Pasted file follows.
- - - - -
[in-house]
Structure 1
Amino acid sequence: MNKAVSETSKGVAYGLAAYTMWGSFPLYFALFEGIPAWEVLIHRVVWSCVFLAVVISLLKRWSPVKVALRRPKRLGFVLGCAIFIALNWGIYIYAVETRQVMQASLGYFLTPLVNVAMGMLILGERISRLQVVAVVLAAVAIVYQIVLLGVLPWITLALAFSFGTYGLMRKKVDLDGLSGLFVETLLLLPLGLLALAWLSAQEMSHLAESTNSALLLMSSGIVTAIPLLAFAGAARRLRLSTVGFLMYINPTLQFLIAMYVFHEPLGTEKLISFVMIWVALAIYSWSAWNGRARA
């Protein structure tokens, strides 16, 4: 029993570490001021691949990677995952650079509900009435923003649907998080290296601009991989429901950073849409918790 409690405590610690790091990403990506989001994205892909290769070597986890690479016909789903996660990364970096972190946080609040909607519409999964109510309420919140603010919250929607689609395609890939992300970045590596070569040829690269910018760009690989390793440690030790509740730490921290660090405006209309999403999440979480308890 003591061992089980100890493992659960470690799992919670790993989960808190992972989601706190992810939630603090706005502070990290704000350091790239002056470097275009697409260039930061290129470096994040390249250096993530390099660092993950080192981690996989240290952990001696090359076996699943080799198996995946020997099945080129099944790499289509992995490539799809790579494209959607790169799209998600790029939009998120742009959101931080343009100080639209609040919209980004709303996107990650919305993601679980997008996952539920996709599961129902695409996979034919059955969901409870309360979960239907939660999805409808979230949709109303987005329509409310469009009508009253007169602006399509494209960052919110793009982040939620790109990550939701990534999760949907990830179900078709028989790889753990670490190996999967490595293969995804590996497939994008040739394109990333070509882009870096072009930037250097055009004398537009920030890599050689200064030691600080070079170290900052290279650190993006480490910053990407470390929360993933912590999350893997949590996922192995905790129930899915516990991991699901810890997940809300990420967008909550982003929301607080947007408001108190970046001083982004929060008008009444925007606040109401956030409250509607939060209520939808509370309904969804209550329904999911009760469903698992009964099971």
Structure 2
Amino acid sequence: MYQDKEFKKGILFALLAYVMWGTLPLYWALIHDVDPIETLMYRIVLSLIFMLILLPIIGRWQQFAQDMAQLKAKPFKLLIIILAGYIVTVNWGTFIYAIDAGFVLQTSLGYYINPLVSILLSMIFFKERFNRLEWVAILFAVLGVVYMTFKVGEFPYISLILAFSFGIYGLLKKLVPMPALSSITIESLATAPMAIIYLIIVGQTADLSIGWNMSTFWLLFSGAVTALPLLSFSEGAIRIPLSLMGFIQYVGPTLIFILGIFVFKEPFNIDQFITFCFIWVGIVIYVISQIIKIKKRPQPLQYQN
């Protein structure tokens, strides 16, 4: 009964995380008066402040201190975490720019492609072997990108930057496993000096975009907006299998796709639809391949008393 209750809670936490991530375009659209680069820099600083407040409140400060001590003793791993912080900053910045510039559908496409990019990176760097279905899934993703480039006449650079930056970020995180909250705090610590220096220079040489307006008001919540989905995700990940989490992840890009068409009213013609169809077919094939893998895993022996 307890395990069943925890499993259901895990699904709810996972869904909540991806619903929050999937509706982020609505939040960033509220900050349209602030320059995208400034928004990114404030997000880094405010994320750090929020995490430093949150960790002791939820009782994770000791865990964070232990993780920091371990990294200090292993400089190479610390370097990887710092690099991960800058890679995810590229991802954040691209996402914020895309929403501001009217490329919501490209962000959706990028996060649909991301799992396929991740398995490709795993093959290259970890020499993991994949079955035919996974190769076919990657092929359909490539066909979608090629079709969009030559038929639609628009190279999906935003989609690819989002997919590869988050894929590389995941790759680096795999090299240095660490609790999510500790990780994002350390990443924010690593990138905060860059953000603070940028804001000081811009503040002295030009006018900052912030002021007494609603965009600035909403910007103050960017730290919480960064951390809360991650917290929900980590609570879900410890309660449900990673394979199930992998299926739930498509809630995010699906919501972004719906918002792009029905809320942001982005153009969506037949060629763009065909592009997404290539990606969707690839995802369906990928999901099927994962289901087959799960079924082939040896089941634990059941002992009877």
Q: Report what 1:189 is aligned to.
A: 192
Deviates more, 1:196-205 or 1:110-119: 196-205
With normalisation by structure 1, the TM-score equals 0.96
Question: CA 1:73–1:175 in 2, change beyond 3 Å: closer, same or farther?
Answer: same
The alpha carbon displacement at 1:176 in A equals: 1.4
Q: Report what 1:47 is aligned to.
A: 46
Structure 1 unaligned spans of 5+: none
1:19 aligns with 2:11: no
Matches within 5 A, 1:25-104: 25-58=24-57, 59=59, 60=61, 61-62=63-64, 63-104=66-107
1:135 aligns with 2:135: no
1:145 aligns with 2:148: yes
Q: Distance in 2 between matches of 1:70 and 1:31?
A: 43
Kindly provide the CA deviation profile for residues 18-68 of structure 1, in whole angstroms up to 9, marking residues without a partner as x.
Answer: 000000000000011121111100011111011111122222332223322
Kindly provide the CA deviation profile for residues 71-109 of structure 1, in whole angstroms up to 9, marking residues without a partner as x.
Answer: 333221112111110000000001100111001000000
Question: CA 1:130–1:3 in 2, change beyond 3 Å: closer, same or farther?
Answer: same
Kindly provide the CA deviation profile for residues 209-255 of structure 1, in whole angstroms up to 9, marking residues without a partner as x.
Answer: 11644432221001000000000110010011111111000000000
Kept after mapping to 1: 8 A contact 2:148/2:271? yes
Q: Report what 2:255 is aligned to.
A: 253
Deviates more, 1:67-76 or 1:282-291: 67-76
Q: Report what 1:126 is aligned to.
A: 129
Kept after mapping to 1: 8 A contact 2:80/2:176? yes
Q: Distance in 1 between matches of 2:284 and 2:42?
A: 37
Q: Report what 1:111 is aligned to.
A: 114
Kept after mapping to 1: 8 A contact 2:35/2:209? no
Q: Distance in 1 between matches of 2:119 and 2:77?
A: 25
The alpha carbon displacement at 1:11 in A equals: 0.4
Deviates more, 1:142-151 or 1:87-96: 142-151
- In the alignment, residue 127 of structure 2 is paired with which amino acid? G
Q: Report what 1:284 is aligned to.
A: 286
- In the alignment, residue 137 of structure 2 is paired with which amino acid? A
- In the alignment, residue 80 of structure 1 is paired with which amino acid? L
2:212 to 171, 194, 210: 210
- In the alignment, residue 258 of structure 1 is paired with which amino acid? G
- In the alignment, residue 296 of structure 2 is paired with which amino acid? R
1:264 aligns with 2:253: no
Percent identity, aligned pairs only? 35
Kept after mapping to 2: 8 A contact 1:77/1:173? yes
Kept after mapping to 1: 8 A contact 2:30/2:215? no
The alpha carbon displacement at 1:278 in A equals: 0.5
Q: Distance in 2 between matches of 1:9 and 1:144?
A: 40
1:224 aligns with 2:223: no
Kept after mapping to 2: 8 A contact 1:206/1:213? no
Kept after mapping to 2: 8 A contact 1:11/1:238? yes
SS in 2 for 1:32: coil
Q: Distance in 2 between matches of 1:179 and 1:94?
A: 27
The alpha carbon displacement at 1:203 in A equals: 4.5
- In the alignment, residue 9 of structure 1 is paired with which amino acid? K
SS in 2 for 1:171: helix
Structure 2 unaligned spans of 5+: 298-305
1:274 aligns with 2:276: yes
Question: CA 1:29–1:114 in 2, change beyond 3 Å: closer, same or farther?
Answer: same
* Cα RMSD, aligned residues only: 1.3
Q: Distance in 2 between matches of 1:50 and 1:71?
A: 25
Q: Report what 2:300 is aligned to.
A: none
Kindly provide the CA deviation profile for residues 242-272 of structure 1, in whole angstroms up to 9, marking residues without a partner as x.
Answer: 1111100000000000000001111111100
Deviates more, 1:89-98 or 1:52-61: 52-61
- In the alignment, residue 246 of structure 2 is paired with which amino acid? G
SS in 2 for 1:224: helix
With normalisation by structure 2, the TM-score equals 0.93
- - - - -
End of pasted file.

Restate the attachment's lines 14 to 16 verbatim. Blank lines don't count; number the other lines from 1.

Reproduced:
The alpha carbon displacement at 1:176 in A equals: 1.4
Q: Report what 1:47 is aligned to.
A: 46